Port users warn of congestion after moratorium lift on maximum allowable weight

By Raymund Antonio

A major group of port users thinks port congestion may happen again once the six-month moratorium on the implementation of the maximum allowable gross vehicle weight (GVW) for trucks is lifted.

Container vans are piled at the Manila International Container Terminal port  on Wednesday, September. 24, 2014, in Manila. Trade Secretary Gregory Domingo made the assessment that 78,000 shipping containers stuck in the Manila port that are needed to be moved out, but only 4,500 containers are taken out of the port daily. The Philippine Ports Authority (PPA) will be tapping the New Container Terminal (NCT) 2 of the Subic Bay Metropolitan Authority (SBMA) as an extension of Manila’s ports to address port congestion. (KJ ROSALES/ MANILA BULLETIN) (KJ ROSALES/ MANILA BULLETIN FILE PHOTO)

The Port Users Confederation of the Philippines, Inc. sought for “institutionalized solutions” to avoid repeating congestion in Manila ports once the moratorium expires by yearend.

PUCP president and retired colonel Rodolfo De Ocampo said he was expecting a “looming” port congestion if trucks under Codes 12-2 and 12-3 are prohibited to travel.

“Once these truckers can no longer be used in January, many heavy-laden containers can’t leave the ports. Thus, this may result to port congestion,” he said.

The PUCP, which groups major sectors using or providing port services, hosted a summit meeting that aims to discuss issues that affect port operations and cargo transport efficiency.

The summit recently held in Manila gathered government and private stakeholders who came up with recommendations against the occurrence of another port congestion.

De Ocampo highlighted the need to implement permanent solutions that will avert port congestion considering the expected upsurge in cargo volumes due to the run-up to Christmas season.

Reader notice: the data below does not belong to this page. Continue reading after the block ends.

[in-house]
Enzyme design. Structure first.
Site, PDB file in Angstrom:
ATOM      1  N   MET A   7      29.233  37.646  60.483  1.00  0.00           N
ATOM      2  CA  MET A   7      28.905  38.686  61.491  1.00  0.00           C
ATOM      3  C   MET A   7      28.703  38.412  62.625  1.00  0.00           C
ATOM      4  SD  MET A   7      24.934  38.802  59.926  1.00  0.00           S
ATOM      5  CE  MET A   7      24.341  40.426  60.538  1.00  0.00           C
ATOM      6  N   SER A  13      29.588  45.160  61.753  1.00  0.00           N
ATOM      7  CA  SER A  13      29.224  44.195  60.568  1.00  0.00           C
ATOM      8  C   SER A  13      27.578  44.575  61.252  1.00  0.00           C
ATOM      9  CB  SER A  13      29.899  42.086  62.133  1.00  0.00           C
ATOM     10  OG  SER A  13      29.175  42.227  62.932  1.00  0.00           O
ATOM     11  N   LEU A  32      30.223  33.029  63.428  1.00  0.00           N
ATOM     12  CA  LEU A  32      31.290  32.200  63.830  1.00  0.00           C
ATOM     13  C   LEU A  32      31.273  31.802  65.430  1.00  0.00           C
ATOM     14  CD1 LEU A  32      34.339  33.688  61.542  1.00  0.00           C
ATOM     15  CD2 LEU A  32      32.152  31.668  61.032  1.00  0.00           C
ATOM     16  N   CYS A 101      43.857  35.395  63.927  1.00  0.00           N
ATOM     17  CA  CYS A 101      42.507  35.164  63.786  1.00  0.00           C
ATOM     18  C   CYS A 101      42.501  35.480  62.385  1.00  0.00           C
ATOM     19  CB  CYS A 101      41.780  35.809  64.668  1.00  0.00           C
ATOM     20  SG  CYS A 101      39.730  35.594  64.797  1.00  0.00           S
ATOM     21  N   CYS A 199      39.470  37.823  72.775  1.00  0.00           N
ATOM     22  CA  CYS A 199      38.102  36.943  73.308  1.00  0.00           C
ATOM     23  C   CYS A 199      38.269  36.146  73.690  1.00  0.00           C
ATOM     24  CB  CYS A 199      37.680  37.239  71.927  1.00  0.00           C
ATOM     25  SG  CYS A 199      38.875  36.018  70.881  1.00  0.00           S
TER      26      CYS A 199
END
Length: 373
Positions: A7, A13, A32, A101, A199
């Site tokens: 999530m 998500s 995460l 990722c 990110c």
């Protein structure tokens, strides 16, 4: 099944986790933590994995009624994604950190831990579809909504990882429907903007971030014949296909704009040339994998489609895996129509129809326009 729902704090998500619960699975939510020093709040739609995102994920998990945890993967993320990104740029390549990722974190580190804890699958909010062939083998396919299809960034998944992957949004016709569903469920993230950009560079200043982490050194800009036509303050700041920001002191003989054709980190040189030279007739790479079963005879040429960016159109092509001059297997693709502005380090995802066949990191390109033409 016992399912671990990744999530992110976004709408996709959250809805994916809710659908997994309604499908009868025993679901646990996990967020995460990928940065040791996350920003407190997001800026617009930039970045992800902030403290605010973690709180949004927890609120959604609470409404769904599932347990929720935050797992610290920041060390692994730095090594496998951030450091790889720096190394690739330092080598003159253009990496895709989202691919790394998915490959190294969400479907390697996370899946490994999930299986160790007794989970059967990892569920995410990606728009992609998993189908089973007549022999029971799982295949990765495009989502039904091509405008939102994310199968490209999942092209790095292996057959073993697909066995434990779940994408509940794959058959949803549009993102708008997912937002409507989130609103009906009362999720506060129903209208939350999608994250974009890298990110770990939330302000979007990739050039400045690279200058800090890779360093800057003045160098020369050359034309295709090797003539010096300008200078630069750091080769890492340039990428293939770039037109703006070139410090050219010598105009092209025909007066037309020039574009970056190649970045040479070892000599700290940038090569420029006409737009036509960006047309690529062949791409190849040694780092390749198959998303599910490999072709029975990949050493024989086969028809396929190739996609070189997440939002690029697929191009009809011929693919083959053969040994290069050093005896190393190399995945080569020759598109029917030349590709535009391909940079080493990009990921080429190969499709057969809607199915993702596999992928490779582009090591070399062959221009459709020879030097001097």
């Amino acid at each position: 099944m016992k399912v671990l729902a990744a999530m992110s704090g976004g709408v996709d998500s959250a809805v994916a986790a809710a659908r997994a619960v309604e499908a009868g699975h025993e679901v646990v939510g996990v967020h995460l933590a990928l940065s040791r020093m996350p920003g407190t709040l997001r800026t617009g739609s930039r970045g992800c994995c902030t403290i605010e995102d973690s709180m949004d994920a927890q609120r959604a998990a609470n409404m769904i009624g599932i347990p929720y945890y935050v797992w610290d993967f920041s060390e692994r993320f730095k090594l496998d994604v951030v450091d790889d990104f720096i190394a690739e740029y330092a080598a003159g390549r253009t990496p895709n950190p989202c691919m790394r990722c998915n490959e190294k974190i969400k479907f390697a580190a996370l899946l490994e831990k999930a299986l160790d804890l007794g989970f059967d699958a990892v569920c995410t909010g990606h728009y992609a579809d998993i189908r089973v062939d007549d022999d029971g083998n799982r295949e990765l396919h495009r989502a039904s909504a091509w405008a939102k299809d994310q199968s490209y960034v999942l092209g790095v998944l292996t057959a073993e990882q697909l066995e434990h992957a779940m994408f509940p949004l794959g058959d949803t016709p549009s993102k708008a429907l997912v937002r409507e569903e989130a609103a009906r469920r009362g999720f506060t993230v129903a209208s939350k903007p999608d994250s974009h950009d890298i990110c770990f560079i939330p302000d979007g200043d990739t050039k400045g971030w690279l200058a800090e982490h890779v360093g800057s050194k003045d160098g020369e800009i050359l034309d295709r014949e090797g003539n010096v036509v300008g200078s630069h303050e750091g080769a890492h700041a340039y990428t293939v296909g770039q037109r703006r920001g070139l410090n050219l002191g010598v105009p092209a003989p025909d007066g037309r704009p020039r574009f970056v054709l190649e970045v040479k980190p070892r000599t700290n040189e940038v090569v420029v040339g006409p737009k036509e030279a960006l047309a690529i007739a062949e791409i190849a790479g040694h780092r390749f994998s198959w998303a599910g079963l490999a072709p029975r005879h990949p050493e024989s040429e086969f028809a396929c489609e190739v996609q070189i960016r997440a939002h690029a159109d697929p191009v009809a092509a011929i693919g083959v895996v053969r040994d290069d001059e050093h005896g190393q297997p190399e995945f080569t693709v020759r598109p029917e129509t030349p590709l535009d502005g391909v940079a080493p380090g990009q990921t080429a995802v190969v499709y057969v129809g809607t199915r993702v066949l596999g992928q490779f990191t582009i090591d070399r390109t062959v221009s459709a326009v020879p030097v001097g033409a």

For the long-term, he said the Department of Trade and Industry (DTI) should issue a department order that will impose a limit on the weight of laden containers to 24 metric tons.

Under the provision of the implementing rules and regulations of Republic Act. No. 8794 or the Anti-Overloading Act, trucks and trailers under Codes 12-2 and 12-3 with load exceeding prescribed GVW of 41,500 and 42,000 kilograms, respectively, and load per axle of more than 13,5000 kilograms are prohibited to travel because it is considered overloading.

Code 12-2 trucks are semi-trailers with three axles on the motor vehicle and two axles on the trailer while code 12-3 trucks are semi-trailers with three axles on motor vehicle and three axles on the trailer.

There is also a proposal from the PUCP to amend such provision in the IRR on the maximum GVW under the Anti-Overloading Act. Other recommendations include the “mandatory weighing of laden containers prior to exit from the pier.”

Apart from the prohibition on the utilization of Codes 12-2 and 12-3 trucks, De Ocampo cited other contributory factors that may cause port congestion.

These factors, as written by the summit organizer, include the Asian Terminal Inc.’s data on unloading of containers, with a monthly average of 11,460 units (January-August 2018); upsurge in volume of importations cover Christmas season; unavailability of the shipping lines’ container yards hampers the return of empty containers, thus delaying the turnaround of trucks; and the perennial traffic congestion, particularly at approaches to the port, truck ban, and delayed dispatching of trucks. (Raymund F. Antonio)